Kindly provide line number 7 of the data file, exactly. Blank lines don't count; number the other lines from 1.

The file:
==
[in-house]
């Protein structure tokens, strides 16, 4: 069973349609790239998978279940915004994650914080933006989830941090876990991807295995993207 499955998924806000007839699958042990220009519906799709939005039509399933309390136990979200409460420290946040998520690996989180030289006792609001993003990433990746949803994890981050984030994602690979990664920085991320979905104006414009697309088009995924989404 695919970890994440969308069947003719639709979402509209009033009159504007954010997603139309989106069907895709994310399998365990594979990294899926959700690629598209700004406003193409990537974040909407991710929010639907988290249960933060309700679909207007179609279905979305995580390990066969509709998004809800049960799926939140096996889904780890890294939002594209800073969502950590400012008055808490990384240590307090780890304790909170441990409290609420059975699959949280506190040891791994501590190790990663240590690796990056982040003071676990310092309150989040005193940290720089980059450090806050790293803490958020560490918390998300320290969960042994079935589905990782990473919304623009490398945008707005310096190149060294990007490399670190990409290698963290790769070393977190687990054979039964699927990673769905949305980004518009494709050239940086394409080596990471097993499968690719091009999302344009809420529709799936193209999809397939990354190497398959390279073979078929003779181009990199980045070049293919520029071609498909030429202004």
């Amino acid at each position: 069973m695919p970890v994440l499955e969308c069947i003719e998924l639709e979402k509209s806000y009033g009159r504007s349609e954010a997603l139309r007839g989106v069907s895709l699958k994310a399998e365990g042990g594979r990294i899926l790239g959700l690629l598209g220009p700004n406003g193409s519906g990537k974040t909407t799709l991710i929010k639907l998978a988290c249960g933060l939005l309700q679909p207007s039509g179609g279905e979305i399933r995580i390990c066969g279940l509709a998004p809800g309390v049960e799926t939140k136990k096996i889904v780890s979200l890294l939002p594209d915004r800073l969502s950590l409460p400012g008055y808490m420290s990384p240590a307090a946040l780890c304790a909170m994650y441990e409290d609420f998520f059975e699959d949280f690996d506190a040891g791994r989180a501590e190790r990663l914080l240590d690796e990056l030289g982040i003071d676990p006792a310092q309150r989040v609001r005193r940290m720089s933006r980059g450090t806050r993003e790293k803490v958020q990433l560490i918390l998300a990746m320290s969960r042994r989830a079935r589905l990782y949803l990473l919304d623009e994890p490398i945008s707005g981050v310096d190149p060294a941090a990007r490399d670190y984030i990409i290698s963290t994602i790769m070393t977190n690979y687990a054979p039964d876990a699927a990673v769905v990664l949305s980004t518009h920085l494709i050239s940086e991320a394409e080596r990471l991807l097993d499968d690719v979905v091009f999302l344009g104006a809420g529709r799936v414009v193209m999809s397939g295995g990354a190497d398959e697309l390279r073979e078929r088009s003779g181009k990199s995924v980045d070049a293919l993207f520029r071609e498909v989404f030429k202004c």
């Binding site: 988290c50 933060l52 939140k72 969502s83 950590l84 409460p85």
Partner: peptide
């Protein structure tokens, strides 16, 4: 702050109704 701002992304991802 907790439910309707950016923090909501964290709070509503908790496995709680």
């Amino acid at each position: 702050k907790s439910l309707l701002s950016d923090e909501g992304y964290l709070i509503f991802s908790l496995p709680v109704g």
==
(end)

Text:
């Amino acid at each position: 702050k907790s439910l309707l701002s950016d923090e909501g992304y964290l709070i509503f991802s908790l496995p709680v109704g």